Icarus, Past the Verge
12” by 15” • Sold
The story of Icarus ended rather badly. The birds must have sung for him on his way down. He must have heard their song. Not mocking him, but urging him up like they do their own young. However, his wonderful wings were breaking, melting apart, and he was already too close to the sun, too high for a safe landing, too knowledgeable about the thickness air has under wings, its mass, and the height he had gained.
This assemblage began with cobwebs laden with soot from an accidental fire. The webs were placed on thin plywood. There are two encaustic transfers of a sparrow I inked, a rusty feeler gauge I used when tuning up my '47 Chevrolet Fleetmaster 4-door sedan (named Otis), a broken pair of dirty plastic wings found years after my kids left them in the dirt, a broken corner of a ruined old mirror sewn to the substrate, dry and colored vegetation, and three bullet casings. There is also a piece of handmade paper adhered with encaustic, and cyan toner and ink.
Song of the Bone Crickets
11.5” by 11” • $625 ( hinged frame)
Elephant garlic flower pods were used in this assemblage. One sprouts a flower of moth wings and a small layer of wasp nest. The other has pollen rising from it. Printer's ink scrapings become the ground, and hand-drawn dots lead deeper into the earth. The breast bones of song birds sing like crickets beneath this gathering on the landscape, which is on handmade paper with dandelion seeds, adhered to a small board, which is fastened to inked plywood.
The plywood for this artwork is 11.5 by 11 inches, and is under glass. This assemblage is from a series of smaller assemblages, for which I made copper-foiled glass frames with brass hinges. The frame stays closed when the artwork is hung on the wall, but can be lifted to care for the artwork.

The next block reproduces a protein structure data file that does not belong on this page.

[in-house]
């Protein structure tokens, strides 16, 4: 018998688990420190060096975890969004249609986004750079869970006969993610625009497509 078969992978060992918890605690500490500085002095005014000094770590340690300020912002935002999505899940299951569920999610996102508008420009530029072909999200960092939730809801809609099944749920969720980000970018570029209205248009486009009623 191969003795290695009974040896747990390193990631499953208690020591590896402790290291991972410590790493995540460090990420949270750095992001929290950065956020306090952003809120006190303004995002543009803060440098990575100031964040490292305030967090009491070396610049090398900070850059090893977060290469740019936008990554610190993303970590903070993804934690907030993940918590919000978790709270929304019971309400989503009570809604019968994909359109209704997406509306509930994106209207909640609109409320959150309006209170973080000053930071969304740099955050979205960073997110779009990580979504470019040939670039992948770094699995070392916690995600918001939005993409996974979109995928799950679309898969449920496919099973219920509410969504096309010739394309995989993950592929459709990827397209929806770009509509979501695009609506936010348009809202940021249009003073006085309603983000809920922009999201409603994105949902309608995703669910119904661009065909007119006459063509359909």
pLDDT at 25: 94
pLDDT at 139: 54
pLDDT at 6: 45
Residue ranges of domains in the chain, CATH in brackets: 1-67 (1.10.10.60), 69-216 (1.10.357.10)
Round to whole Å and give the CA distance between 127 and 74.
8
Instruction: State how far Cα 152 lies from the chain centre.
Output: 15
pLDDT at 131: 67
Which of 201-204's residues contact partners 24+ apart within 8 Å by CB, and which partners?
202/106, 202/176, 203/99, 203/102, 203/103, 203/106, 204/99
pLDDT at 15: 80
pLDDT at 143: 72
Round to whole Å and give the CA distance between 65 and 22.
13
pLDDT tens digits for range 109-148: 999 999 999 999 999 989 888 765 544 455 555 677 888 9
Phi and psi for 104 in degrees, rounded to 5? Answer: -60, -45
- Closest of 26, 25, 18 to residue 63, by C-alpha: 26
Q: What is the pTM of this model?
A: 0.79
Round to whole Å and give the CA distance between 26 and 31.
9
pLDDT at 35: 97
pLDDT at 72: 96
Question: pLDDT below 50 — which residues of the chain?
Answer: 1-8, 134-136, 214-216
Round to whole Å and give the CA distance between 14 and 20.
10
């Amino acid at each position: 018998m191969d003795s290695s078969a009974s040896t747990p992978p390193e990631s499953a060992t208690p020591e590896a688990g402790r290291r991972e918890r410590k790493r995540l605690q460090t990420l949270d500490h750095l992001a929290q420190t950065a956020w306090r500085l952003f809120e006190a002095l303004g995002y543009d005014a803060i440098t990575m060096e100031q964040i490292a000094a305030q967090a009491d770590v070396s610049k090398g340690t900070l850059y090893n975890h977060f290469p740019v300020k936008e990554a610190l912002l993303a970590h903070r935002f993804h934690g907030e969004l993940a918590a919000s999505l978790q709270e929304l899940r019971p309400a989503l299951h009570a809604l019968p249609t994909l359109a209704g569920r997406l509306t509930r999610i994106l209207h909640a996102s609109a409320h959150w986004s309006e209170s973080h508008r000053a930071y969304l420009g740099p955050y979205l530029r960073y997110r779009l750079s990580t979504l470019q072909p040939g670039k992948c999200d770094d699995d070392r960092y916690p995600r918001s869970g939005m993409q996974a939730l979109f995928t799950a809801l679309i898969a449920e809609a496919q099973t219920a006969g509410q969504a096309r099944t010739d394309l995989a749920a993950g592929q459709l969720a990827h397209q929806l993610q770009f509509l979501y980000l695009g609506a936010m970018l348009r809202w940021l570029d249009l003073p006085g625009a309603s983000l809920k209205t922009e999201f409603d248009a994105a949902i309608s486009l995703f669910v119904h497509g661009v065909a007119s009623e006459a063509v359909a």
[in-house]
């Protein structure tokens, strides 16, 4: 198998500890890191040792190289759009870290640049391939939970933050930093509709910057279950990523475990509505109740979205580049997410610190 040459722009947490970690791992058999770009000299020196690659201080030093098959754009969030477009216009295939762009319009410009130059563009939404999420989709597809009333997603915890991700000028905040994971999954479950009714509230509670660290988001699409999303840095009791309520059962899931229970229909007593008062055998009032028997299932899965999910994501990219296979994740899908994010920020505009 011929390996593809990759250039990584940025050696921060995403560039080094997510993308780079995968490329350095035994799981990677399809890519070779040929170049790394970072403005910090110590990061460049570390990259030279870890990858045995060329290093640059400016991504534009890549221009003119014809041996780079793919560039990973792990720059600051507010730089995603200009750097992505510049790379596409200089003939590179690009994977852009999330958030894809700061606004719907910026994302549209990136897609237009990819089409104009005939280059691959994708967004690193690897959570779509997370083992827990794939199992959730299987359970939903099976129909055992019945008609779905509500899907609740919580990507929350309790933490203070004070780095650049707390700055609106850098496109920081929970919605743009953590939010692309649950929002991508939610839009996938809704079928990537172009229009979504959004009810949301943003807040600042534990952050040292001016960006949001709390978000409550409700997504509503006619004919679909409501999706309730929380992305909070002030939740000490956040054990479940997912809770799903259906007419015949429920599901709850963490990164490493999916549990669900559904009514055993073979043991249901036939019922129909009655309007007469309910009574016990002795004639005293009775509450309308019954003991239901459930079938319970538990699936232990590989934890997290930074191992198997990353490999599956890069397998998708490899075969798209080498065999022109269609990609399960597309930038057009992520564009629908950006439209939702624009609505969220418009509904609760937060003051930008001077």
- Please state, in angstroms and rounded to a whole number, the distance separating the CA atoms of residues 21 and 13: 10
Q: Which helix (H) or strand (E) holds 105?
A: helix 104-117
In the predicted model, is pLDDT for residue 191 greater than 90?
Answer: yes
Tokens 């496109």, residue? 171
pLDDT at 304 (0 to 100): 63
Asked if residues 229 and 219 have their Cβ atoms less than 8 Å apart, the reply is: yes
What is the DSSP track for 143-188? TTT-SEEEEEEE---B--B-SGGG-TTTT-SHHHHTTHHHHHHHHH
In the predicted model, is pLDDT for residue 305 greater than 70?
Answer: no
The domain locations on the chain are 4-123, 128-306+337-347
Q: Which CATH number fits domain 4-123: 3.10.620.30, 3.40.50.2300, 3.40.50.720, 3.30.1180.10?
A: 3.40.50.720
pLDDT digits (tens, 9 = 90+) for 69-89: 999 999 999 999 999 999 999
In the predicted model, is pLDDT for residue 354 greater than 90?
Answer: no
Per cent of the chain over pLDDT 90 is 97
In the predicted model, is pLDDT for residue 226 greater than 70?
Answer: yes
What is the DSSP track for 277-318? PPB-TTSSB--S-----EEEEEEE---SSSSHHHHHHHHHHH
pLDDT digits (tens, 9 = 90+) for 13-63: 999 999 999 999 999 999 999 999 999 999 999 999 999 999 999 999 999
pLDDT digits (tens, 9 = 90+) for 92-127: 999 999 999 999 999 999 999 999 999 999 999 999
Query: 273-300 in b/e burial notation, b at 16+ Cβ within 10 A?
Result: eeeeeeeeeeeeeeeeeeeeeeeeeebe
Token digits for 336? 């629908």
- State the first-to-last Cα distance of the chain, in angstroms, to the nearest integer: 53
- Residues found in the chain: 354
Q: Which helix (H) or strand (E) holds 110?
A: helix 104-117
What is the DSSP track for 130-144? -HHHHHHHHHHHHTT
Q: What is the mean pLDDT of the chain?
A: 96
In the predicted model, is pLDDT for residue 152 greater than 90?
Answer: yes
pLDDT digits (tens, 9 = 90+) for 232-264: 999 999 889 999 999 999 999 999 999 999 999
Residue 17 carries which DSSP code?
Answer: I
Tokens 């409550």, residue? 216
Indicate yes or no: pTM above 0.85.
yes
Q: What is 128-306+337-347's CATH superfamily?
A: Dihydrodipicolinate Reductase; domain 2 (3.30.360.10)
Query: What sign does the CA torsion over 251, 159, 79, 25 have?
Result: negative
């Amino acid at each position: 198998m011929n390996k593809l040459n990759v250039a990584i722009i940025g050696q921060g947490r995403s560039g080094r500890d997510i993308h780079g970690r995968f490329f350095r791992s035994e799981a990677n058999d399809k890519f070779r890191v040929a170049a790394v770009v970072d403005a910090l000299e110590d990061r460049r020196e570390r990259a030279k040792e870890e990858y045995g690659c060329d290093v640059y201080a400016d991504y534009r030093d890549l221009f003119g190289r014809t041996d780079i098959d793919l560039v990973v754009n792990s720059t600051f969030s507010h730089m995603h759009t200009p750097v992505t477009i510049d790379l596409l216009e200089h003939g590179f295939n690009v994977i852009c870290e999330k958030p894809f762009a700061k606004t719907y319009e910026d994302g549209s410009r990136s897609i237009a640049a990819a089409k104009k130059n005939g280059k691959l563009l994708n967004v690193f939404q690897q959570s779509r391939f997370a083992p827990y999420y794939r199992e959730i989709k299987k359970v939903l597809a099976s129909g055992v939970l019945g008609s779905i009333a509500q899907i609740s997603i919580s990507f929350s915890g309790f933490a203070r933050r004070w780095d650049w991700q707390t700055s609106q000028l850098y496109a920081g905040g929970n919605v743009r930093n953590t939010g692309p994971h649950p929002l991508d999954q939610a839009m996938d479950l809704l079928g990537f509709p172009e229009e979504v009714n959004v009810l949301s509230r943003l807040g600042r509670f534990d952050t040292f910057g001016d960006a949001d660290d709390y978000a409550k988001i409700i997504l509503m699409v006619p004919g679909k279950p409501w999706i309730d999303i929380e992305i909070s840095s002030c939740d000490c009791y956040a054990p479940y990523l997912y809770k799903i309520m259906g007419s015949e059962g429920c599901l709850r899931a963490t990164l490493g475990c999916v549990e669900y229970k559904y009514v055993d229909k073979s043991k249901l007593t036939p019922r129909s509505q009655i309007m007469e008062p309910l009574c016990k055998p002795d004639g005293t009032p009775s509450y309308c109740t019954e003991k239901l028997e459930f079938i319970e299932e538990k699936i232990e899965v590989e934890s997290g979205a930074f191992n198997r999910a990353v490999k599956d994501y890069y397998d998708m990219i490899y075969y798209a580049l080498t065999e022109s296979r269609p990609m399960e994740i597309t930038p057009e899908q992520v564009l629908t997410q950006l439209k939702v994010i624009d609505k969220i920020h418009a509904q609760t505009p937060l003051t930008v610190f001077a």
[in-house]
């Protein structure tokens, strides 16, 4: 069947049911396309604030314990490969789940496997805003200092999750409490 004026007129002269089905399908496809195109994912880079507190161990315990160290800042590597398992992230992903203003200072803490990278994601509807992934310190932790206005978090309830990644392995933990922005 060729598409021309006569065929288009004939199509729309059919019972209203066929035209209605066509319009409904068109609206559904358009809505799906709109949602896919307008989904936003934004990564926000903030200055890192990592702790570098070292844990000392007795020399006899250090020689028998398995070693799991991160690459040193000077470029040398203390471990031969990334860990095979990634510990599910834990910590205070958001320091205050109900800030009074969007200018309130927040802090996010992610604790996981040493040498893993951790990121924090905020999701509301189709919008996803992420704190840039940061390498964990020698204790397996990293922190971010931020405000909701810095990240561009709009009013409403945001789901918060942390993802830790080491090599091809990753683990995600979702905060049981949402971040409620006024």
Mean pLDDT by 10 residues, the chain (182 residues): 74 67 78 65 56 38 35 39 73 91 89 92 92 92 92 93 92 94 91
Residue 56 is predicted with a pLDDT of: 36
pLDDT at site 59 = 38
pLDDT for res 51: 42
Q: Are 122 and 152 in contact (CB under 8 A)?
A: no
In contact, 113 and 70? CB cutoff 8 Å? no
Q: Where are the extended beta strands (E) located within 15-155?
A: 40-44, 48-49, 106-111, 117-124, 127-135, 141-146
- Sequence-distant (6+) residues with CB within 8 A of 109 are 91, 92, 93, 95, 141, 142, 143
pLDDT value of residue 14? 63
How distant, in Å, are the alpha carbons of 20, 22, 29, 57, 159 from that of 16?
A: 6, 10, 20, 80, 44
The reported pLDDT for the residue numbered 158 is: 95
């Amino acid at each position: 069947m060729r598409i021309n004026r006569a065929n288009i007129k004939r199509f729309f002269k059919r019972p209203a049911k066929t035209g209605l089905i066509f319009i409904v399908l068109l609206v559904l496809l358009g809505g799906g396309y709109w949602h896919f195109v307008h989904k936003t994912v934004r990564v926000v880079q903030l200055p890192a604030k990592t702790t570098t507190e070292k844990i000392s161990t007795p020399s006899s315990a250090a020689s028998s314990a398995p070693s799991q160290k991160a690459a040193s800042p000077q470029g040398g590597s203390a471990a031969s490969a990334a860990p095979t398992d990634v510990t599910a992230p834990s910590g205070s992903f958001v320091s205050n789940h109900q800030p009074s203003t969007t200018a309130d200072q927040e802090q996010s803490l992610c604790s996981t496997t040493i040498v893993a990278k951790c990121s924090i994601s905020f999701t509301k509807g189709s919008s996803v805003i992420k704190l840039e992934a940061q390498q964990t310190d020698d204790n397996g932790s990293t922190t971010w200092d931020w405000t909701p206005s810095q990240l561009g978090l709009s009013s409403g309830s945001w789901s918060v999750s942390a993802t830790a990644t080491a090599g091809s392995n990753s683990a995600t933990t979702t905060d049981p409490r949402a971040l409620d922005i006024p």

12” by 11” • $425 (framed)
One day, the studio's heater began to malfunction after being "fixed" by a service person. Soot grew very thick on the interior of the heater and pipes, probably a quarter inch. Rather disconcerting. Not one to waste interesting things, I rubbed papers on the interior glass to make frottage backgrounds to begin a small series of assemblages. I also added oil to a collection of soot to make paint that I applied to other assemblages.
This assemblage includes waxed capacitors, a puff ball mushroom, bits of handmade paper, a ring from an old plant hanger, a dragonfly carapace, feathers and assorted electrical parts and such. I also smudged part of the paper, and sifted the puff ball spore into a circle. Each circle is symbolic of a cycle, representing things that happen in one's life. A fire, a depression, the way things change for worse and back to better. We learn from these things.
10” by 6.5” • $425, framed
This assemblage plays with the idea of fashion, what it might be, and what it might not be... symbolically, and maybe a little sarcastically, through color, texture and meaning. There is pastel green and blue watercolor on linen paper, as well as thick black ink. A little oil paint. I've included a fancy belt buckle, which has been reversed and then reversed again using pollen. Gauze and tiny bird bones, a neat row of little color-coordinated capacitors— and a larger one in matching deadpan brown. Wasp nest paper encloses one corner. String and a white plastic button appear. Let's suggest this is an idea of beauty and style. It hangs on the wall of the studio in an ornate gilt frame.
41” by 27” • Sold
This poem is written by the trees on three sheets of handmade paper containing catkins and pollen. Each sheet is a stanza titled by a leaf, an eyedropper filled with pollen, and a group of small female cones. Pollen spreads like the Milky Way on the black background. If you're able to translate the trees' language, you'll find this is a beautiful and encouraging poem.